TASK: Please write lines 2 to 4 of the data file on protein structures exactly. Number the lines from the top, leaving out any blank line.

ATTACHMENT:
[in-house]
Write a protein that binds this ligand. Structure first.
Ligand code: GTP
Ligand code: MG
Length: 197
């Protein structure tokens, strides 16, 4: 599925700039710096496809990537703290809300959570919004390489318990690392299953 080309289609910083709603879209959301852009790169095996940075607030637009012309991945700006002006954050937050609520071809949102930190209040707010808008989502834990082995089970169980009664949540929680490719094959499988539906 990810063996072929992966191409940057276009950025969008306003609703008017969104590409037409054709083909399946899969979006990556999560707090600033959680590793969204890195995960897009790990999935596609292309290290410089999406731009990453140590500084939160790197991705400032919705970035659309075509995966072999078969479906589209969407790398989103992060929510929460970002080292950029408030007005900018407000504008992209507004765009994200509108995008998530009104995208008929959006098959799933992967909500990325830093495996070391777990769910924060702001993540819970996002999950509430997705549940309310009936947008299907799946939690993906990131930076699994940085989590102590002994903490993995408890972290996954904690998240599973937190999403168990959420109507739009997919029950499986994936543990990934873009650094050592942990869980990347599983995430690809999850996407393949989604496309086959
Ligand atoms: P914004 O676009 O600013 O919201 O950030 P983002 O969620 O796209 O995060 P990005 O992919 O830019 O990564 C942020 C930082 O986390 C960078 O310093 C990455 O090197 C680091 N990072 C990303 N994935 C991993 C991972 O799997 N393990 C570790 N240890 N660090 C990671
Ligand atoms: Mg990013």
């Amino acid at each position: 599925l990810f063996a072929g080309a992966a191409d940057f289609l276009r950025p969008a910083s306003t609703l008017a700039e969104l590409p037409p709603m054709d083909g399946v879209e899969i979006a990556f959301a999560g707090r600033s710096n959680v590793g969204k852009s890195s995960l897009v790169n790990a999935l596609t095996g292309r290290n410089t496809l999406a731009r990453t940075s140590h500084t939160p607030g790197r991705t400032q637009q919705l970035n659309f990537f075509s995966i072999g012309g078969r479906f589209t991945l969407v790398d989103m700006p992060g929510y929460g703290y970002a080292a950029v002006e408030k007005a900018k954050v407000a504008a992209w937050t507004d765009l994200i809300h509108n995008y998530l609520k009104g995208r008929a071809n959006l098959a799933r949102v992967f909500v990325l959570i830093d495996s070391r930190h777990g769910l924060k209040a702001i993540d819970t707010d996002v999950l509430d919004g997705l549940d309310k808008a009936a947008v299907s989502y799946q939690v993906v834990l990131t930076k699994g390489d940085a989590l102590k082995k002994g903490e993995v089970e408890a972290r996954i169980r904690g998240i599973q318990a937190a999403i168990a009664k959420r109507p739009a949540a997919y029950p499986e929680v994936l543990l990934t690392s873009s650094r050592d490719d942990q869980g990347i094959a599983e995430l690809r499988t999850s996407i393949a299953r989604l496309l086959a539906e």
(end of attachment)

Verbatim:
Write a protein that binds this ligand. Structure first.
Ligand code: GTP
Ligand code: MG